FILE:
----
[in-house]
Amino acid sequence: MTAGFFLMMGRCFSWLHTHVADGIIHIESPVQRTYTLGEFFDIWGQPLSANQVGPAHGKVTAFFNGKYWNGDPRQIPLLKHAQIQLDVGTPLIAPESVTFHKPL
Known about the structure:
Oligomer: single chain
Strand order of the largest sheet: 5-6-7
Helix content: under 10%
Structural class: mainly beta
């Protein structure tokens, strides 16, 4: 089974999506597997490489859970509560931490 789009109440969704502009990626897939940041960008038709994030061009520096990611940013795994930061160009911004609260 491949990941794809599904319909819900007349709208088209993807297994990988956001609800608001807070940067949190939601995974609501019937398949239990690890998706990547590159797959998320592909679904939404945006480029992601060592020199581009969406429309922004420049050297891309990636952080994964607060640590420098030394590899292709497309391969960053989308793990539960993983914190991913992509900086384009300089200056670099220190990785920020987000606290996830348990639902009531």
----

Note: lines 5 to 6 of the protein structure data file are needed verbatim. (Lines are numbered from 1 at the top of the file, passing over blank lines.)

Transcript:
Strand order of the largest sheet: 5-6-7
Helix content: under 10%